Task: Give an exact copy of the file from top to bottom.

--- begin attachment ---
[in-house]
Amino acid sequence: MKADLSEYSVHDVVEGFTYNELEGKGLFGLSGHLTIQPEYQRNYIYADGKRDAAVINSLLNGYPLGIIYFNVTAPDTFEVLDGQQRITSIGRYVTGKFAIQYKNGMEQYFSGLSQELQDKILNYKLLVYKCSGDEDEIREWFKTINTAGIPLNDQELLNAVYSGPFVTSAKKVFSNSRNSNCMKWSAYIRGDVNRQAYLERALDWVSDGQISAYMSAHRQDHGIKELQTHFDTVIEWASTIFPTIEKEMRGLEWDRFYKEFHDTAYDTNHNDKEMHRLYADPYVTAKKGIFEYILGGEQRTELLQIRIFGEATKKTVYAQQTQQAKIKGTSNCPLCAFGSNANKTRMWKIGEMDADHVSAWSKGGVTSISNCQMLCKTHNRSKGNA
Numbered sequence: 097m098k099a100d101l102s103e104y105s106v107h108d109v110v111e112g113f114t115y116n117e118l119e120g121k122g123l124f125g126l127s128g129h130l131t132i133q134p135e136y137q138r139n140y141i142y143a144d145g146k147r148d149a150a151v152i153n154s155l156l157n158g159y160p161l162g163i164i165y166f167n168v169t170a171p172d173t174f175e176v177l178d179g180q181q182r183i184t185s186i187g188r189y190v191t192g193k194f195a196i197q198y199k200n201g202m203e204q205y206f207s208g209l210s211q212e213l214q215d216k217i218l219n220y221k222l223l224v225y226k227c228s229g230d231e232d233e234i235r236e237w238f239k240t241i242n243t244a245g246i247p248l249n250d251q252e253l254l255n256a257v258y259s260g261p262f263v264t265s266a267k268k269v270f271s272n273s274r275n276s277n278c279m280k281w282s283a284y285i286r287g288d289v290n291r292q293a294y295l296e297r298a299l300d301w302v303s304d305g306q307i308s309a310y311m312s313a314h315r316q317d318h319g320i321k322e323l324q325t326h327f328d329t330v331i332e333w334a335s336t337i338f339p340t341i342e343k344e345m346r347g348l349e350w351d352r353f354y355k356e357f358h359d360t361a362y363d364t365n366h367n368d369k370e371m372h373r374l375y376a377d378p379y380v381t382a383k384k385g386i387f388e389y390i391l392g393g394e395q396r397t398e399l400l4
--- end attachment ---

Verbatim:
[in-house]
Amino acid sequence: MKADLSEYSVHDVVEGFTYNELEGKGLFGLSGHLTIQPEYQRNYIYADGKRDAAVINSLLNGYPLGIIYFNVTAPDTFEVLDGQQRITSIGRYVTGKFAIQYKNGMEQYFSGLSQELQDKILNYKLLVYKCSGDEDEIREWFKTINTAGIPLNDQELLNAVYSGPFVTSAKKVFSNSRNSNCMKWSAYIRGDVNRQAYLERALDWVSDGQISAYMSAHRQDHGIKELQTHFDTVIEWASTIFPTIEKEMRGLEWDRFYKEFHDTAYDTNHNDKEMHRLYADPYVTAKKGIFEYILGGEQRTELLQIRIFGEATKKTVYAQQTQQAKIKGTSNCPLCAFGSNANKTRMWKIGEMDADHVSAWSKGGVTSISNCQMLCKTHNRSKGNA
Numbered sequence: 097m098k099a100d101l102s103e104y105s106v107h108d109v110v111e112g113f114t115y116n117e118l119e120g121k122g123l124f125g126l127s128g129h130l131t132i133q134p135e136y137q138r139n140y141i142y143a144d145g146k147r148d149a150a151v152i153n154s155l156l157n158g159y160p161l162g163i164i165y166f167n168v169t170a171p172d173t174f175e176v177l178d179g180q181q182r183i184t185s186i187g188r189y190v191t192g193k194f195a196i197q198y199k200n201g202m203e204q205y206f207s208g209l210s211q212e213l214q215d216k217i218l219n220y221k222l223l224v225y226k227c228s229g230d231e232d233e234i235r236e237w238f239k240t241i242n243t244a245g246i247p248l249n250d251q252e253l254l255n256a257v258y259s260g261p262f263v264t265s266a267k268k269v270f271s272n273s274r275n276s277n278c279m280k281w282s283a284y285i286r287g288d289v290n291r292q293a294y295l296e297r298a299l300d301w302v303s304d305g306q307i308s309a310y311m312s313a314h315r316q317d318h319g320i321k322e323l324q325t326h327f328d329t330v331i332e333w334a335s336t337i338f339p340t341i342e343k344e345m346r347g348l349e350w351d352r353f354y355k356e357f358h359d360t361a362y363d364t365n366h367n368d369k370e371m372h373r374l375y376a377d378p379y380v381t382a383k384k385g386i387f388e389y390i391l392g393g394e395q396r397t398e399l400l4